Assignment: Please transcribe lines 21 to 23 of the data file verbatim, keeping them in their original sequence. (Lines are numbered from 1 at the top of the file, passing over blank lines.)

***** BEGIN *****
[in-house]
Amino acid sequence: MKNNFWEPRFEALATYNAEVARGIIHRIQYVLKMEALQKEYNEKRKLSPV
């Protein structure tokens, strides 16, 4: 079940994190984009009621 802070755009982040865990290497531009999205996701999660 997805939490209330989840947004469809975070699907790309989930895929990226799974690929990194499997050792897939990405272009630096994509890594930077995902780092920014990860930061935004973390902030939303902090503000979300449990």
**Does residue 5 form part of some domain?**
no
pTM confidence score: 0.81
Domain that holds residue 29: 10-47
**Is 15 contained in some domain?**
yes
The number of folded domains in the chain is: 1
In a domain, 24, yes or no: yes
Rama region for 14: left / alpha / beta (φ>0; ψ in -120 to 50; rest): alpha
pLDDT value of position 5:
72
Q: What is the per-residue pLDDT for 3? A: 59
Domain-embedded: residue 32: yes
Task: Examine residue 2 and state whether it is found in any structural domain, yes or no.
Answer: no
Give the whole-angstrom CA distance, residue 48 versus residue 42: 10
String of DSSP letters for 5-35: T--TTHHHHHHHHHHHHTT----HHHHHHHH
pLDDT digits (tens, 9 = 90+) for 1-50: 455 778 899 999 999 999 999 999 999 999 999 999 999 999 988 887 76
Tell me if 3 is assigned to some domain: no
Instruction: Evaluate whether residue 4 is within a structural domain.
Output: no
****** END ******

pLDDT digits (tens, 9 = 90+) for 1-50: 455 778 899 999 999 999 999 999 999 999 999 999 999 999 988 887 76
Tell me if 3 is assigned to some domain: no
Instruction: Evaluate whether residue 4 is within a structural domain.